A Theasy Interview with Artistic Director Rubén Polendo
Since 1997, Theatre Mitu has operated under the auspices of Artistic Director Rubén Polendo producing “whole theatre” in New York and abroad. In that time, the company has created such inventive productions as the hairless Hair at NYU, Death of a Salesman with puppets and masks, and a male Medea using elements of Noh, Butoh, and early German cinema. By studying spiritually-driven theatre around the globe and then applying that knowledge to creating original work as an ensemble, Mitu continues to refine and cement their theatrical methodology and infuse it into their breathtaking and highly original shows.
Theatre Mitu’s method of study comes from Polendo’s own background as a scientist. (Yes, before Rubén Polendo was mentored by Peter Brook and became a theatre director, he was a scientist.) Because of this, Polendo has a natural comfort experimenting and testing new ideas. So Mitu’s permanent ensemble doesn’t just observe theatre traditions, they practice them to learn first-hand what value can be derived. As Polendo put it, Mitu strives “to investigate the training methodologies and to create a training methodology.”
Theatre Mitu’s ensemble has trained in the ancient theatrical traditions native to many regions, but particular attention has been paid to “field research” in traditional dance and martial arts in Bangkok and South India. Mitu makes perennial pilgrimages to both these locales in the form of summer artist intensives where they invite artists from around the world to join them in the study of these regions’ more spiritually-based performance disciplines. Mitu has also spent notable time “in the field” in Japan and Nepal/Sikkim.
But Mitu is not just an international organization; the company has had a collection of fruitful partnerships with institutions here in New York and around the country, including a stint as a resident company under the New York Theatre Workshop umbrella. Mitu has associated with Sundance, Juilliard, UCLA, ACT Conservatory, Bard, BYU, CCM, The O’Neill Theatre Institute, SUNY Geneseo, University of Mexico, UT Austin, Vassar, and most prominently with NYU, where Polendo teaches and where Mitu has produced shows within both the graduate and undergraduate theatre programs; and Mitu still holds a residency within the NYU Tisch Playwrights Horizons Theatre School. It is this NYU affiliation that has led to the company’s latest venture. Following the germ of NYU’s new outpost in Abu Dhabi (the NYU-Abu Dhabi Institute), Mitu went to the United Arab Emirates in March to produce the first show in that country for NYU: CHAOS
An adaptation of short stories by Luigi Pirandello, CHAOS was chosen because of its themes of migration. Polendo explained that Abu Dhabi is a city where the majority of the population is not native: approximately 75% are expatriates, making questions of leaving one’s mother land and finding a new home highly appropriate for this diverse audience.
This diversity also posed a producing challenge for Mitu. Polendo wanted to reach the different groups of people inhabiting the city and entice them ALL to attend performances. However, the population of Abu Dhabi is as disparate as it is diverse and an event geared toward UAE nationals, European residents, students, etc. is highly unusual. To accomplish this goal, Mitu not only reached out to civic groups, community centers, and institutions, but also took an active interest in spreading interest through word-of-mouth initiatives by company members.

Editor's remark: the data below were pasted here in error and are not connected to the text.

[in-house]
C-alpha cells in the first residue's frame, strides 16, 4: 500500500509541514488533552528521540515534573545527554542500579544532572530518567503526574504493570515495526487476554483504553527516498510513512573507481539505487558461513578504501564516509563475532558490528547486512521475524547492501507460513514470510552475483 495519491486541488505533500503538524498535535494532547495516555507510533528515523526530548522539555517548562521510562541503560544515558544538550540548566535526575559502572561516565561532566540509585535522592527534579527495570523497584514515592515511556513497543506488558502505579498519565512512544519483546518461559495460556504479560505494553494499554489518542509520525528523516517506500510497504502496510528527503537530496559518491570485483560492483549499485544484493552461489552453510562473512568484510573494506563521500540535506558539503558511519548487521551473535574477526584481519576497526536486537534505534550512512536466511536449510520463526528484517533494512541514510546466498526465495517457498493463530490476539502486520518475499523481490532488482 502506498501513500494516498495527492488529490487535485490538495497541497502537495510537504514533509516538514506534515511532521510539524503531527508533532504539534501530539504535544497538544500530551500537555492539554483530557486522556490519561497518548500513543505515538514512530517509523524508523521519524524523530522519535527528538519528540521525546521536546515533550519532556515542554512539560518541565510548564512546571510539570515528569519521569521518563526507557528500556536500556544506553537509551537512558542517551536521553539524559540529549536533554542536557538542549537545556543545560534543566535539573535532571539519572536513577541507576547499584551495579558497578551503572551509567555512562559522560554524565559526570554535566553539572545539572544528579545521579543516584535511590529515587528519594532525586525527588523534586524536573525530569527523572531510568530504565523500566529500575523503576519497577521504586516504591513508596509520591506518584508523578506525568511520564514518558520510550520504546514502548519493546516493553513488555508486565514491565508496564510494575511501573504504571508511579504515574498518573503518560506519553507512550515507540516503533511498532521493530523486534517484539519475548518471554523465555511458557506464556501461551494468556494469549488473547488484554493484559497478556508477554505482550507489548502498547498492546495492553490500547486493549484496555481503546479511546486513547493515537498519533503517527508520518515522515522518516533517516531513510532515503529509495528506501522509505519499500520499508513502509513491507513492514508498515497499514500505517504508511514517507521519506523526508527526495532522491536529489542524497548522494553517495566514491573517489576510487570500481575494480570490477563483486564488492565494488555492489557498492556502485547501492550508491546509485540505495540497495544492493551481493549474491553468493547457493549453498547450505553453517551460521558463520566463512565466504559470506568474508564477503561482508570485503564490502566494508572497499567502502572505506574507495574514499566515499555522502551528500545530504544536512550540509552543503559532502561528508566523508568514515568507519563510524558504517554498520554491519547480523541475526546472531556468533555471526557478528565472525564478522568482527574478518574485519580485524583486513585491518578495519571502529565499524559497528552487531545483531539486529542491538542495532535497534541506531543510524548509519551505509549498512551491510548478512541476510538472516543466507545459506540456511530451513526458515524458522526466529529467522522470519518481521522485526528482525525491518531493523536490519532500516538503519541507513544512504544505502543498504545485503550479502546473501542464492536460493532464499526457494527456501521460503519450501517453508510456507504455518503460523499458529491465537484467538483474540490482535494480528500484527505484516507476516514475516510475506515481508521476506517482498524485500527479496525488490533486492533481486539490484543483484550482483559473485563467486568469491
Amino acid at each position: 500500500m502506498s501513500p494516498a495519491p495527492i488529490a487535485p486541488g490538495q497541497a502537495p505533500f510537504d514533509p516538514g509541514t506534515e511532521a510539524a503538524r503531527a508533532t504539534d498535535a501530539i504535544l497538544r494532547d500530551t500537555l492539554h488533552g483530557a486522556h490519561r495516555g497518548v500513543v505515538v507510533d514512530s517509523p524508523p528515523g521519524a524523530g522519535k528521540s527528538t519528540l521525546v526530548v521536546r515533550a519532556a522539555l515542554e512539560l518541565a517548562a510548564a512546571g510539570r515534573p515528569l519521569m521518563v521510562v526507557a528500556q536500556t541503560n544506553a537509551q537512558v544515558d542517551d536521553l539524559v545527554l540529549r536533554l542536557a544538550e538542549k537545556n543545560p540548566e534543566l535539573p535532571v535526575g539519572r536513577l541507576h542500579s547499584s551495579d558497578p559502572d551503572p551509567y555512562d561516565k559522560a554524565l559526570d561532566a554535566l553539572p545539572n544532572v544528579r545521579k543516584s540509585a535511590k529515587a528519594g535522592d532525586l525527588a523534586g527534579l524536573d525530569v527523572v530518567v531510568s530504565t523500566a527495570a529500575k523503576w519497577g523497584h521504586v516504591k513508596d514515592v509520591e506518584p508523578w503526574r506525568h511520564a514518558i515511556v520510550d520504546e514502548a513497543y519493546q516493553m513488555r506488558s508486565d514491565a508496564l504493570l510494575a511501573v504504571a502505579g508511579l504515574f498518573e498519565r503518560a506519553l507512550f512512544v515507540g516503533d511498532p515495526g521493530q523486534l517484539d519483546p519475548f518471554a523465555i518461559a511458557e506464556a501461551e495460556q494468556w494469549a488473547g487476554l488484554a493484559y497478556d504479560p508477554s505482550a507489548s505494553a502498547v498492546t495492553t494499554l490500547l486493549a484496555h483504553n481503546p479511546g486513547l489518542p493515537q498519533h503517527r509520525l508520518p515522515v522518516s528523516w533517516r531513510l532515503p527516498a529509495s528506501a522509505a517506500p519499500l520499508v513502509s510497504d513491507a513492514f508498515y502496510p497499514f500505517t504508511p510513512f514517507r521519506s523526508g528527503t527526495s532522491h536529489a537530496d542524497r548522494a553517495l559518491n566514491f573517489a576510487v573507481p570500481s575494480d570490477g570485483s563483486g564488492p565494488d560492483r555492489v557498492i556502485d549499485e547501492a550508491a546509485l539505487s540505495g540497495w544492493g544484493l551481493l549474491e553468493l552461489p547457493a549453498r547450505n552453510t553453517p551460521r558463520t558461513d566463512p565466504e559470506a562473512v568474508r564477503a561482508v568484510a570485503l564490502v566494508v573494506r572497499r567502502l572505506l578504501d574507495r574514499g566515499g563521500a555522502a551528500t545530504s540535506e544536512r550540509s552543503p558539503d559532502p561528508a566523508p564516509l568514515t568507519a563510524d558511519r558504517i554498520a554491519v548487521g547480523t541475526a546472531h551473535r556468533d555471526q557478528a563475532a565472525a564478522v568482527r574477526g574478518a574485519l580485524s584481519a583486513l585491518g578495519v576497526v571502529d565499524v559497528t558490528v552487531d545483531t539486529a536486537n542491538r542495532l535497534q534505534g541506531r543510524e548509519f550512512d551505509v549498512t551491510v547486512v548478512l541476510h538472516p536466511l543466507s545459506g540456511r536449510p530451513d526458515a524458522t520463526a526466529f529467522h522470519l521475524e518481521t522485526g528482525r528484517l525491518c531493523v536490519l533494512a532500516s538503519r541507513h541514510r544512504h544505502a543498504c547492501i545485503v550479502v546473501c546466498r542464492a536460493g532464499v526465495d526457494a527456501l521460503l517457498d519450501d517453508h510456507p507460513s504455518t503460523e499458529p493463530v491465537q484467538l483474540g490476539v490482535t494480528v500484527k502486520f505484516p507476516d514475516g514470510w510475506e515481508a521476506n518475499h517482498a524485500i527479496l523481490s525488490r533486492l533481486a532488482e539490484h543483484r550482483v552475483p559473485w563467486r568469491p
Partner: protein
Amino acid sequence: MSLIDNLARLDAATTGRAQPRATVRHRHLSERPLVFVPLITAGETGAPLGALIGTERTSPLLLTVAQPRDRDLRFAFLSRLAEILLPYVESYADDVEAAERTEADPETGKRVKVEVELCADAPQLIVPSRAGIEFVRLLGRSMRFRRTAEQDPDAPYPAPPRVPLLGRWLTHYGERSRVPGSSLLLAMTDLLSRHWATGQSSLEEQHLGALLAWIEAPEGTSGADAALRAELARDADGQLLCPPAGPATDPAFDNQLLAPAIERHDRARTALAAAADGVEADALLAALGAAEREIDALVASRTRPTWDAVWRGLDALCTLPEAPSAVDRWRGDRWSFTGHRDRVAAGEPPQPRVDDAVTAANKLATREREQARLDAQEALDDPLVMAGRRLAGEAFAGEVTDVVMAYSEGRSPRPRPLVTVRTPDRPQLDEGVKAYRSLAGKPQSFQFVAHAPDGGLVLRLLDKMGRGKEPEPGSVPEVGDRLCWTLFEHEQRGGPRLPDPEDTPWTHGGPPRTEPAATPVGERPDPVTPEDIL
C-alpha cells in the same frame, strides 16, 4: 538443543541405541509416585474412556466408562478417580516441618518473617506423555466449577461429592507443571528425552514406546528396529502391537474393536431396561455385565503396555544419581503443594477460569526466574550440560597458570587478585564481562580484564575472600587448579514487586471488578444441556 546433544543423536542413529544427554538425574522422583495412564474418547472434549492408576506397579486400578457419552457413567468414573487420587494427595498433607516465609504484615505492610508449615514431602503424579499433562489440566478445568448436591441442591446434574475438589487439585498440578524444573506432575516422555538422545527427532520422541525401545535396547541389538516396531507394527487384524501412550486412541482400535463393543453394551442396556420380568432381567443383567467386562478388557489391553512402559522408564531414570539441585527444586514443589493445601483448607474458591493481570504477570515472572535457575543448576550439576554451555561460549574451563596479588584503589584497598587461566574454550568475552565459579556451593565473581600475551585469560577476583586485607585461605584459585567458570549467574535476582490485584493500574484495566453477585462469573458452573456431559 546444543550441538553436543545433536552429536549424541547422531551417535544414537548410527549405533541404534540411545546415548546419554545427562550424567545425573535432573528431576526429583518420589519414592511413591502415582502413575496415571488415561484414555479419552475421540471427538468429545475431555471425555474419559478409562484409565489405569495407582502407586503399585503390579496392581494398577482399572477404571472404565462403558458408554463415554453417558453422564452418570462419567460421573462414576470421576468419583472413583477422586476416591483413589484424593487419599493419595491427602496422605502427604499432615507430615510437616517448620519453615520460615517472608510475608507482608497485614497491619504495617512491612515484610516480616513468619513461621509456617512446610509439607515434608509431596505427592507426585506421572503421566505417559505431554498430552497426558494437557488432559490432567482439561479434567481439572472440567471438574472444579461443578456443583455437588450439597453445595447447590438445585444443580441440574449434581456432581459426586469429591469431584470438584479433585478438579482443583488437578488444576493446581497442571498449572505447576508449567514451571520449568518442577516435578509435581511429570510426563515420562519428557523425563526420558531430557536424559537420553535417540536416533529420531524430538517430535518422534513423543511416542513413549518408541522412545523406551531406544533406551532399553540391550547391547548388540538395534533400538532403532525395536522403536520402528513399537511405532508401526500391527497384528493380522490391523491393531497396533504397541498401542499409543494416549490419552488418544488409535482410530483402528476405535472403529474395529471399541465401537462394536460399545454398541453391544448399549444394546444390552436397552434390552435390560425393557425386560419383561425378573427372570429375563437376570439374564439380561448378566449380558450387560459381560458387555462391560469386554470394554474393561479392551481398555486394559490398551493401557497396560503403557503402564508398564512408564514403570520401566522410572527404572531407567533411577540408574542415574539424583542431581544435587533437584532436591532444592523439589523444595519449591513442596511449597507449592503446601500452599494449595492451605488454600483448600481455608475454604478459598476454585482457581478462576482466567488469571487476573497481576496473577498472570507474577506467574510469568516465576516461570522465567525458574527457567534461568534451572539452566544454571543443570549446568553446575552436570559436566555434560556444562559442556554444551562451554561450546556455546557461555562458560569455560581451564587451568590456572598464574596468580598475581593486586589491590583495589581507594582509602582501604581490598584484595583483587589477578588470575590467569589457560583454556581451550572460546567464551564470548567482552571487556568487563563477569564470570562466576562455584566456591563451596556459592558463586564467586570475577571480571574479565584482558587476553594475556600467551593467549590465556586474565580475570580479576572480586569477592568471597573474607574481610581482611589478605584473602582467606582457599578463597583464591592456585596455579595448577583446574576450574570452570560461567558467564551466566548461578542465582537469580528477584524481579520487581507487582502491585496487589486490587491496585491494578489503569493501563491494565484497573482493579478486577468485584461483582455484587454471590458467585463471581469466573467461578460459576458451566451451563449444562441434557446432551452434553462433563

On Wednesday, March 2, 2011, CHAOS premiered on the Corinch Beach outside the city and ran for four performances. The set was built so that it backed up to the ocean, allowing the surf, sun, and blue skies to serve as a backdrop behind the actors. CHAOS marked the first professional theatre production to be conceived, rehearsed, and produced in Abu Dhabi. It was a historic moment for the metropolis, for NYU, and for Mitu, and it also marked a new stage in the ever-expanding Mitu consortium of international theatre experimentation and expansion.
Mitu then brought this experience back to the states with a one-night panel on March 24th discussing “the importance of Pirandello for the tradition of theatre, the challenges of adapting his work for the stage, and the central role of labor and migrant identity in his work.” This panel was sponsored by Mitu and NYU’s Department of Italian; it was curated by Chris Mills and featured Jana O’Keefe Bazzoni, Jane House, Felice Italo Beneduce, Federico Pacchioni, and of course Rubén Polendo.
While Polendo says that the relationships Mitu has established in Bangkok and South India will be maintained, the company has made a significant investment in Abu Dhabi and the NYU Abu Dhabi Institute. Whereas the company formerly gathered information abroad and brought it back to produce here in the city, Abu Dhabi is now set up to be a second home for both Polendo as a faculty member and for Mitu as his company. Theatre Mitu is becoming not just internationally-interested, but now a truly international company. This ensemble, which the New York Times called “one of the top ten, hot companies in New York,” is now going to have to split time between Manhattan and that other cosmopolitan city on an island. We will be sad to see them gone, but can be glad in anticipating what they bring back.
Now back in the states, Mitu is preparing their next local project, Scorched, an interpretation of Oedipus Rex penned by Wajdi Mouawad in 2007. “Set against a backdrop of war, violence, and the hardship of migration camps, Scorched tells the story of two siblings fulfilling their mother’s dying wish for them to find the father and brother they never knew they had.” As a first step toward building this piece, Mitu presented a reading on March 22th at NYU. To learn more about Theatre Mitu and their future endeavors, visit theatremitu.org.